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4 Mar, 2013 15:01

Iraqi, Lebanese Shiites unite to ‘protect Damascus shrine from Sunni rebels’

Iraqi, Lebanese Shiites unite to ‘protect Damascus shrine from Sunni rebels’

A Shiite military unit has emerged in Damascus to fight Sunni rebels, while also pledging independence from Syrian President Bashar Assad. The multi-ethnic brigade reportedly claims their only aim to protect a local shrine.

The presence of Shiite combatants from Iraq and Lebanon in the Syrian capital was confirmed to Reuters by sources in Iraq and Syria.

Their move to set up a military brigade and protect one of the major Shia relics in Damascus – the shrine of Sayidda Zeinab, granddaughter of the Prophet Muhammad and daughter of Imam Ali, believed to be the father of Shia Islam – follows reports that rebels have destroyed or damaged other Shia holy sites across the war-torn country.

A video from Syria's northern Idlib province was posted online in mid-December showing dozens of anti-Assad fighters congratulating and kissing each other in front of what was believed to be a Shia mosque burned down by the rebels. The incident was condemned by Human Rights Watch, which in a January statement confirmed that rebels in Syria had desecrated and looted the religious sites of various minorities.

"While the motivation for the church break-ins may have been theft rather than a religious attack, opposition fighters have a responsibility to protect religious sites in areas under their control from willful damage and theft," Human Rights Watch said.

Sayidda Zeinab’s shrine in Damascus has been damaged before – last June, a suicide bomb attack took place near it.

The majority of the brigade set up to defend the shrine are Iraqis who had fled their country and found refuge in Syria before the war began, Reuters reported.

A Syrian rebel aims his weapon during clashes with government forces in the streets near Aleppo international airport in northern Syria on March 4, 2013. (AFP Photo / Stephen J. Boitano)

A Shiite Iraqi official interviewed by Reuters said the rebels "wanted to destroy the Sayyida Zeinab shrine and hundreds of Iraqi Shiites who were already living in Syria stood up to them and fought back."

The government of Iraq continues to maintain neutrality concerning the civil war in Syria. However, last week, Iraqi Prime Minister Nouri Maliki warned of the potentially dangerous consequences to neighboring countries of a rebel victory.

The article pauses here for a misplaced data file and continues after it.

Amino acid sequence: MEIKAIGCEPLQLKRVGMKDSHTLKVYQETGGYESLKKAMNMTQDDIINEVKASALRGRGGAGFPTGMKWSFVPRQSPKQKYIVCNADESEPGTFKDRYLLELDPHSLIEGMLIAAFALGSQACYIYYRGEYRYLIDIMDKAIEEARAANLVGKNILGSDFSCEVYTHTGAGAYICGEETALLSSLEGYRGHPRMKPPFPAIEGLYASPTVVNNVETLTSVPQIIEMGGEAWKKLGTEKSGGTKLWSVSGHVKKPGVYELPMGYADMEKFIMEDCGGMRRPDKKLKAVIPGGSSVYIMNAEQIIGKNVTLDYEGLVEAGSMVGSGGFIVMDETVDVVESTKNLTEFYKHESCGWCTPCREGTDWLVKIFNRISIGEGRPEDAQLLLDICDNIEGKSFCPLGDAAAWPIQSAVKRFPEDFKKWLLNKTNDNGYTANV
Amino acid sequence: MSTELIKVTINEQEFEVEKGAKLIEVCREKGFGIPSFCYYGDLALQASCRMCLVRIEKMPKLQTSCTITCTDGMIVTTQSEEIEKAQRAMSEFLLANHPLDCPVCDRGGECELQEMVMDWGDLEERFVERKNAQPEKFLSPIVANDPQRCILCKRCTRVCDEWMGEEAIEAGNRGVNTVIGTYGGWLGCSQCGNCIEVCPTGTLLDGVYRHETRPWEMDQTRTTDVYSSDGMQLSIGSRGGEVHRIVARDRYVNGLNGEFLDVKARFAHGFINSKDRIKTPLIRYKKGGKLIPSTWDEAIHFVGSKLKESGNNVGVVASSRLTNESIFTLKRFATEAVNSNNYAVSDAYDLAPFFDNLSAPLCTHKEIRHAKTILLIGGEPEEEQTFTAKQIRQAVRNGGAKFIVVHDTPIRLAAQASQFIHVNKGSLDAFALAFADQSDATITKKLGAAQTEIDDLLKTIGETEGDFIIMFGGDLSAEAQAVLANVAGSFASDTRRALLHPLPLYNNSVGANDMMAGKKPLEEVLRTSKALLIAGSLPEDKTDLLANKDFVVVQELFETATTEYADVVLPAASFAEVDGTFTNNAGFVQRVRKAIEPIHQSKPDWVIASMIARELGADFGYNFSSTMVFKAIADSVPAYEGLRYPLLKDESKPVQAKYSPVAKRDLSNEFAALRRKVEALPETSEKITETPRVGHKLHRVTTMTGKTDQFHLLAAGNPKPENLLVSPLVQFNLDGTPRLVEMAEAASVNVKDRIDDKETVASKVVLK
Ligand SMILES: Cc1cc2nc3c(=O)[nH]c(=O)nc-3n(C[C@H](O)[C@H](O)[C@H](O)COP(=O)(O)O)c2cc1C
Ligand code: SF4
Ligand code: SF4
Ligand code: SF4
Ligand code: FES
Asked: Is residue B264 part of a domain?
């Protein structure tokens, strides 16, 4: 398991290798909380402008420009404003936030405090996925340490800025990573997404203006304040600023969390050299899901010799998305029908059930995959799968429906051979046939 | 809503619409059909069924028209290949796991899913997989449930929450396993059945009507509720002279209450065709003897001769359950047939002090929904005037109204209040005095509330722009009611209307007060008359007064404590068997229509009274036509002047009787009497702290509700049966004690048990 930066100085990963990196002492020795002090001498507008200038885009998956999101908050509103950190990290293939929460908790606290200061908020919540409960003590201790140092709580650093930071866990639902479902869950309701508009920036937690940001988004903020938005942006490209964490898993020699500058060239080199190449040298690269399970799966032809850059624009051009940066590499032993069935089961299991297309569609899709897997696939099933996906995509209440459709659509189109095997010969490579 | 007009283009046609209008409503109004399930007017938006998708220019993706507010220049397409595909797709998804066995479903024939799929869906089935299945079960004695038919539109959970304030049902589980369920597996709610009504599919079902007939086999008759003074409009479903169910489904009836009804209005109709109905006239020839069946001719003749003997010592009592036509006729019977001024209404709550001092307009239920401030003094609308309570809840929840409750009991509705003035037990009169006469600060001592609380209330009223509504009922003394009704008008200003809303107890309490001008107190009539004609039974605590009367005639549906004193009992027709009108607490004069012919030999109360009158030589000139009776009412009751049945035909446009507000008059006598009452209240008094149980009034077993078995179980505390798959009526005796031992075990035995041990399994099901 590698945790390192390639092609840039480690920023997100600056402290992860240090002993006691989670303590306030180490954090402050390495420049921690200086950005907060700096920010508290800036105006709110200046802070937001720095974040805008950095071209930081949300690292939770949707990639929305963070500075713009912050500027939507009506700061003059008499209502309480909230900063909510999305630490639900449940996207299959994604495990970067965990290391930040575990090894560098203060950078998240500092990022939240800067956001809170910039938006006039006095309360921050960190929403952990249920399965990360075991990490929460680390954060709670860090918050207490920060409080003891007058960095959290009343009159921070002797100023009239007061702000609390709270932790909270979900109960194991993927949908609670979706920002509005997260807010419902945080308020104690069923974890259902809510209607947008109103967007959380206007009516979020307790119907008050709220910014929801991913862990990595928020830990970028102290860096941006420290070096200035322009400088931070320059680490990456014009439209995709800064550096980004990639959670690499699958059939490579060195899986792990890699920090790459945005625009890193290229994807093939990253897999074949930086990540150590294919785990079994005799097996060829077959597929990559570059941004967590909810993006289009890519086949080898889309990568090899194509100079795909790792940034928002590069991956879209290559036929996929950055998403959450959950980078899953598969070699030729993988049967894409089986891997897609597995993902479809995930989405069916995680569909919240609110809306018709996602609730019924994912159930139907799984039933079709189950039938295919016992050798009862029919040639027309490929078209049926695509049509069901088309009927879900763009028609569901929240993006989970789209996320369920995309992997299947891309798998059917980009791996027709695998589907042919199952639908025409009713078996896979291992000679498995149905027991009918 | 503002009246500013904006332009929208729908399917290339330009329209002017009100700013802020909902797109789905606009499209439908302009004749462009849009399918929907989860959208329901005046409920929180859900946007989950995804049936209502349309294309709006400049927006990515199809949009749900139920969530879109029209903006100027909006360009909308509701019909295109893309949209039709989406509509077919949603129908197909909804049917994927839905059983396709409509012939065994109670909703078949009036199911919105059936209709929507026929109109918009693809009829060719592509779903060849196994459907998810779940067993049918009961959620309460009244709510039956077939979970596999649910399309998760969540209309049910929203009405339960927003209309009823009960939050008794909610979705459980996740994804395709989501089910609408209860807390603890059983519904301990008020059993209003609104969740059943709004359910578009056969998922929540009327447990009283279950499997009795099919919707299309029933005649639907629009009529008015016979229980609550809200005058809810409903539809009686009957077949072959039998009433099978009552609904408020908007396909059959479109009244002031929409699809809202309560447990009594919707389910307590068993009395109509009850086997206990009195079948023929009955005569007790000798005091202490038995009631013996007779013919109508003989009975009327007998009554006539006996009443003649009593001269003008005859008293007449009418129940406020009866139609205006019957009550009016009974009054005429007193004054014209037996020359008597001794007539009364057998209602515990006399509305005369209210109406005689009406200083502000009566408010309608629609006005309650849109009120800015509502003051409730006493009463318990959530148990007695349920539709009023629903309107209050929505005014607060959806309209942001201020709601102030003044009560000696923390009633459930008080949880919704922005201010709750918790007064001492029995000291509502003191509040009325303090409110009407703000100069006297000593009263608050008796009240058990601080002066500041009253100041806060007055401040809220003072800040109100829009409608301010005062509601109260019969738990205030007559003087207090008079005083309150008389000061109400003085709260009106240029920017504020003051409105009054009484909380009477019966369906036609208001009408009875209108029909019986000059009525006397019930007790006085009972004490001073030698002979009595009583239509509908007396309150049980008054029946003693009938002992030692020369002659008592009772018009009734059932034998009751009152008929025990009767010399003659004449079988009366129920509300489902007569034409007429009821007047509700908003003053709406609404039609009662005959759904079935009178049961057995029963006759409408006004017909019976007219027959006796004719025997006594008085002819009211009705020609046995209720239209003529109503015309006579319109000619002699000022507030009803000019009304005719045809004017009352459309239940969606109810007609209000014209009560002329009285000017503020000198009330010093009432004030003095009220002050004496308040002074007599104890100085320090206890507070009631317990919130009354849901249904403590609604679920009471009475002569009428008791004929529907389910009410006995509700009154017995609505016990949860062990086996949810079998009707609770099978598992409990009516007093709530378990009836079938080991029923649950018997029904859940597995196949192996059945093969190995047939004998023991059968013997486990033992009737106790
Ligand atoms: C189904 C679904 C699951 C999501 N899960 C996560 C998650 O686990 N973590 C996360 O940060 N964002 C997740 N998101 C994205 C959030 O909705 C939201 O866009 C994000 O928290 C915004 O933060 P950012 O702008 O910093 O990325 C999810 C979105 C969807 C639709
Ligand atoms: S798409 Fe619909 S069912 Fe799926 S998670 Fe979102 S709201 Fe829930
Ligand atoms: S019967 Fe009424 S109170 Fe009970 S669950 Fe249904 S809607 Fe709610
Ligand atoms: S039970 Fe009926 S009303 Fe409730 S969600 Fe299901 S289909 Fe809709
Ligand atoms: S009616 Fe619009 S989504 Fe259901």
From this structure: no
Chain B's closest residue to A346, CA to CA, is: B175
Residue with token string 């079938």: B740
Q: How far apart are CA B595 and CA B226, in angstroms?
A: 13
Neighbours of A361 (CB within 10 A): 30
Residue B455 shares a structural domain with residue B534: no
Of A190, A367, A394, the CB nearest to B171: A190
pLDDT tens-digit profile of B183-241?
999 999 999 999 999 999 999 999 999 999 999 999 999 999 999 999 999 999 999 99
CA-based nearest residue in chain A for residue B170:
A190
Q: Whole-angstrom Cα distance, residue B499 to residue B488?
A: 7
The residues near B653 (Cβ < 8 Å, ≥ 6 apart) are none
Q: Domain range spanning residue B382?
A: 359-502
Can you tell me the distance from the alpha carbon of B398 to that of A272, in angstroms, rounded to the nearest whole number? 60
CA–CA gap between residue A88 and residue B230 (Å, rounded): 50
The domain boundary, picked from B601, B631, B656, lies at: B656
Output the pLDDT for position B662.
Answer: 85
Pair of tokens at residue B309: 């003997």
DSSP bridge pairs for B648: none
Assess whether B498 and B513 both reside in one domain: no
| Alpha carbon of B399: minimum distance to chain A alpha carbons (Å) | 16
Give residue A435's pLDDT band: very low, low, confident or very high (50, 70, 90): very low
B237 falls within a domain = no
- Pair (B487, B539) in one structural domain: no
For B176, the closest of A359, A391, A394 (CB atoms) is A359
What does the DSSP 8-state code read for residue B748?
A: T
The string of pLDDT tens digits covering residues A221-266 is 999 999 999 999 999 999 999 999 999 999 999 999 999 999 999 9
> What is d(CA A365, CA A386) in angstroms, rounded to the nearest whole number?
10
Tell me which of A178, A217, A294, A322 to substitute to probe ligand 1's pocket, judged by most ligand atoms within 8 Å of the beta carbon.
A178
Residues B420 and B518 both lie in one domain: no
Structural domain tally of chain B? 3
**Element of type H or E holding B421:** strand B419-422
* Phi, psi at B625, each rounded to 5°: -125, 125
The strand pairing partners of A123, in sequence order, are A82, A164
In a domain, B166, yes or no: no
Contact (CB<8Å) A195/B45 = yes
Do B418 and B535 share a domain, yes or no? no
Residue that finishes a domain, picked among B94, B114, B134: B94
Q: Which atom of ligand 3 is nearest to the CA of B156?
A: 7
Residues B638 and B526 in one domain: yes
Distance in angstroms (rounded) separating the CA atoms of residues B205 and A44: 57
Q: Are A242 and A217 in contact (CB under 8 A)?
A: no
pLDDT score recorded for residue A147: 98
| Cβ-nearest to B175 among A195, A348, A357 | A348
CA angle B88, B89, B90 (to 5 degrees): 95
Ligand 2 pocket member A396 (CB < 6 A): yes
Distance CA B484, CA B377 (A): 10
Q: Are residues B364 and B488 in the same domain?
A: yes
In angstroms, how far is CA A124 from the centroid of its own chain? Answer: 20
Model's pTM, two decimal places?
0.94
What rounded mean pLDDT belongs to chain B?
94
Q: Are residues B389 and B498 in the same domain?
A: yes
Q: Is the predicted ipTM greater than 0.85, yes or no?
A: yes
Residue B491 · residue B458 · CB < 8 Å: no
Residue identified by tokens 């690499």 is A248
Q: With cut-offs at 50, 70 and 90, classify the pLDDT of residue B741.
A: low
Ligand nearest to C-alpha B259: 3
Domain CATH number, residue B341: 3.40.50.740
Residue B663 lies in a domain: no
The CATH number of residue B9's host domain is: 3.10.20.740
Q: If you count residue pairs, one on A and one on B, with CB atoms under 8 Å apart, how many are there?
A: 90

"Neither the opposition nor the regime can finish each other off…. The most dangerous thing in this process is that if the opposition is victorious, there will be a civil war in Lebanon, divisions in Jordan and a sectarian war in Iraq," he said, according to Al Jazeera.

Iraq has lately seen a rise in tensions between its majority Shiite community and the Sunni minority.

This weekend, Iraq appeared to come closer than ever to the Syrian conflict. After rebels captured the town of Yaarabiya on the Iraq border, Iraqi’s troops fired warning shots to deter rebels from crossing the border.

A UN report issued in December described the fight in Syria as “overtly sectarian.” Anti-Assad rebel forces are reportedly composed of Sunnis from Afghanistan, Libya and other countries. Their uprising, which has lasted for 23 months and killed around 70,000 people, has been waged against a government dominated by Alawites, an offshoot of Shia Islam.

Despite the UN’s concerns and reports of growing divide between Syria’s Muslims, the Syrian conflict cannot be regarded in terms of Sunnis versus Shiites, writer and journalist Neil Clark tells RT.

The Shiite and Alawite population makes up about 13 per cent, but a large part of the dominant Sunni population also supports the government or stands against its violent overthrow, together with large Christian communities, he says. The Syrian army is also composed of various religious groups, Clark notes.

“It's clear though that outside actors, who are desperate for violent 'regime change' in Damascus, want to see the conflict become a ‘Sunni v Shia' sectarian one as they know that the Sunni have the numbers on their side. But the majority of ordinary Syrians, having lived for years in a country where religious tolerance was the norm, do not favor religious extremism and this gives us hope that a full scale sectarian conflict can be avoided,” Clark told RT.